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5 questions about copper theft

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Copper theft is on the rise. On the railways, but copper cables are also disappearing more and more from parks with solar panels. The copper price remains high for the time being, so the question arises: what can you do to prevent theft and other misery? Senior Risk Engineer Rob van Nierop (HDI) answers five questions.

1. How common is copper theft? Is it really taking off that much?

"I regularly see the damage caused by copper theft at solar parks at HDI, but more and more parks are also being added. I therefore find it difficult to talk about large increases in the number of thefts. In any case, these are very nasty damages for which little attention is paid, while we need to pay more attention to them across the board. After all, we are in an energy transition, which means that the demand for copper will continue to rise."

2. Why are they nasty damages?

"Because they lead to a lot of damage, especially for the entrepreneur. The stolen cables must be renewed as soon as possible after a theft. Often there is also damage to the transformer substations that have to take care of the generation. It usually takes a lot of time to get all that in order. And of course it depends on how big the solar park is and what measures the entrepreneur has taken in advance, but on average he spends about ten thousand euros a day on downtime damage and loss of costs."

3. Do you know who is committing the thefts?

"These are usually professional offender groups. The thefts at solar parks are even more professional than those at the NS. After all, you do need some technical knowledge of security systems and response times of alarm follow-ups. On the other hand, the professionals receive the locations in this way. Via Google Maps, they can see at a glance where the solar parks are located."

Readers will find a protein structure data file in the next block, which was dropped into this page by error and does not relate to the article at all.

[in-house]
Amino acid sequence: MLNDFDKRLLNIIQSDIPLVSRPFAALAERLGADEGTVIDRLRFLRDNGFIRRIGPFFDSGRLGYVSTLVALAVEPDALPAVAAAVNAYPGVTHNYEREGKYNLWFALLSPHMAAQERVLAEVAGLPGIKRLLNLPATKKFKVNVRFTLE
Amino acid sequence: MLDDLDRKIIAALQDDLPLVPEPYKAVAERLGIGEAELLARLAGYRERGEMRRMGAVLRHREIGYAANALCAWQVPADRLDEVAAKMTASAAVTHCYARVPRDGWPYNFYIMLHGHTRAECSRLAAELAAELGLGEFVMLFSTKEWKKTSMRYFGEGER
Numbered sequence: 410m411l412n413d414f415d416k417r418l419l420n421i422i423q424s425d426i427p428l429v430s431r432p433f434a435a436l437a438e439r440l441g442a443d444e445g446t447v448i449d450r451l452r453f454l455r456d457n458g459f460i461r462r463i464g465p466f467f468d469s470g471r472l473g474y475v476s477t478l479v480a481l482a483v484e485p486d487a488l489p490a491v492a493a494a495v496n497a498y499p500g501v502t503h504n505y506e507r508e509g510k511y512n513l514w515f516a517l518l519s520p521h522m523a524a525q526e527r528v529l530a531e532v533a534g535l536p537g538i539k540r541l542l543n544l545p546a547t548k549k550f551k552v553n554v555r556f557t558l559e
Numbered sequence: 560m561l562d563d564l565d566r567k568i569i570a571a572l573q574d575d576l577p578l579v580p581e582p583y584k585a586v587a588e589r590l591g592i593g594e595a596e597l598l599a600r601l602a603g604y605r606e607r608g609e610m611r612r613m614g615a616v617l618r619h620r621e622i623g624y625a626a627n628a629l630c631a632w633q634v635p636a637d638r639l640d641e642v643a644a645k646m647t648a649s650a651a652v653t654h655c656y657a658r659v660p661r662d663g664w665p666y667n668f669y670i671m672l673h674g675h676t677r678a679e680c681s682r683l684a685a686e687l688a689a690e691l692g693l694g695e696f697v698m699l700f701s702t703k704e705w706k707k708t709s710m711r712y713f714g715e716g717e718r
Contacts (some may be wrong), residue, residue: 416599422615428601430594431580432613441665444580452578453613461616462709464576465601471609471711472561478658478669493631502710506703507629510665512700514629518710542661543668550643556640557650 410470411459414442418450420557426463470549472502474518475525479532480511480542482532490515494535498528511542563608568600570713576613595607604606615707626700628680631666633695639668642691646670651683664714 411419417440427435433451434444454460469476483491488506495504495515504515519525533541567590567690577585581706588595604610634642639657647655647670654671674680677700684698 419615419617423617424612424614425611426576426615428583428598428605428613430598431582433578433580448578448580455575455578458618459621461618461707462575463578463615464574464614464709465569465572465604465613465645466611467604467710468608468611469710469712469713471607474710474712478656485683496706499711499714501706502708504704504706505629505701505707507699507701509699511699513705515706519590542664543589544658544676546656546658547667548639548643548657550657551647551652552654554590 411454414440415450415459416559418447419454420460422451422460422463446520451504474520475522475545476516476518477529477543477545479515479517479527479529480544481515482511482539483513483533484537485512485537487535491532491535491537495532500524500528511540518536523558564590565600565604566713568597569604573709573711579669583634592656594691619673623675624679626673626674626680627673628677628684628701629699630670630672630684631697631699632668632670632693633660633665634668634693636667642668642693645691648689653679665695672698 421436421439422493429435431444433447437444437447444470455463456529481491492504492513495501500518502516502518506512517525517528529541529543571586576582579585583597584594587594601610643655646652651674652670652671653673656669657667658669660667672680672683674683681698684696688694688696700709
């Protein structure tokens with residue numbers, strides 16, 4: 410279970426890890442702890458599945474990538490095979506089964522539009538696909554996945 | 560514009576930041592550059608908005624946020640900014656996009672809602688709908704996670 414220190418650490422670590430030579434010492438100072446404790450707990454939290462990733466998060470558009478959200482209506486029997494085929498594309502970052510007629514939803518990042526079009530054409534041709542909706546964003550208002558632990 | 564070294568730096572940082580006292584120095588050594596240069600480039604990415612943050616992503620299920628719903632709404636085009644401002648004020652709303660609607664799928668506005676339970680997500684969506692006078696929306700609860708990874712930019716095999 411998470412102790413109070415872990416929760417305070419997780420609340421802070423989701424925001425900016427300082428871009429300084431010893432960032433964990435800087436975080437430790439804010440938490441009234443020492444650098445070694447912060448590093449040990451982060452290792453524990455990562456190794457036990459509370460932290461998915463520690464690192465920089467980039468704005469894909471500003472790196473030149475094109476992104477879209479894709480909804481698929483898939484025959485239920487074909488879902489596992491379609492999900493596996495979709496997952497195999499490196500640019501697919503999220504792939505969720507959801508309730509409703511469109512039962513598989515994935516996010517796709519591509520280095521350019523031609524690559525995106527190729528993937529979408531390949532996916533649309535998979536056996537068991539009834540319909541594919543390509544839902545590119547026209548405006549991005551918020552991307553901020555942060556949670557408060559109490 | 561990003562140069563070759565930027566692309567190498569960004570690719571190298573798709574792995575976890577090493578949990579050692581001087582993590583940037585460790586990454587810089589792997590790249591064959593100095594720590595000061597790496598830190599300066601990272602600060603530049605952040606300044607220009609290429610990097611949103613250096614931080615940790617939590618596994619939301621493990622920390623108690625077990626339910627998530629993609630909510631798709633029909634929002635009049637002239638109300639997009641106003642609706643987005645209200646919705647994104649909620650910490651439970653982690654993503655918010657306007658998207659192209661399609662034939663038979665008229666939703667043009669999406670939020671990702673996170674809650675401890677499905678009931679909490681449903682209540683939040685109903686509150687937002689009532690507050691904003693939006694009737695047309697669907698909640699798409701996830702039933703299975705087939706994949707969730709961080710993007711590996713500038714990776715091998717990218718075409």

4. Is there anything we can do about it?

"Sure. A lot, in fact. An entrepreneur should preferably ensure that his solar park is secured in such a way that perpetrators look for other purposes. That starts with the nature and location of the location. Is there a fence around it? Is the park located on a deserted site? Or do people regularly walk by? The preventive effect of good visible security measures plays a major role. But the coherence and proper functioning of the entire system must also be geared to the risk. In security jargon, we call this O-B-E (Organizational, Architectural and Electronic). An entrepreneur can still put up such a high fence or have such a good alarm system installed, if the coherence is not correct, the chance of damage is still considerable. Sometimes it seems as if everything is correct and then it turns out that the phone is not answered by a follow-up service. You can't afford that kind of 'miss'."

5. What can insurers do?

"Delivering more customization. Fortunately, a fence, cameras, detection and reliable follow-up after alarms are increasingly seen as essential, but more is possible. If an entrepreneur invites several security companies for a quote, I can help him with the selection. I can also point him to the guidelines for security measures for outdoor areas, mobility companies and transport/logistics companies of the Dutch Association of Insurers. Or the BRL developed by Techniek Nederland and KIWA for construction site security (scope 1, level 1 to 4). It is really advisable to explore what is possible in advance with solar park projects. That works better than having to take your loss afterwards.
We notice that security is now often seen as a closing post. And if an entrepreneur does not have his affairs in order, an insurer can, for example, increase the deductible. Suppose that the first ten days of downtime damage are at your own risk, then an entrepreneur is at that average of 10,000 euros per day, so on a ton of damage. And if materials are difficult to deliver and contractors do not have time in the short term, the amounts are much higher. Of course we want to think along with that entrepreneur, so that he can take the right preventive measures in advance."

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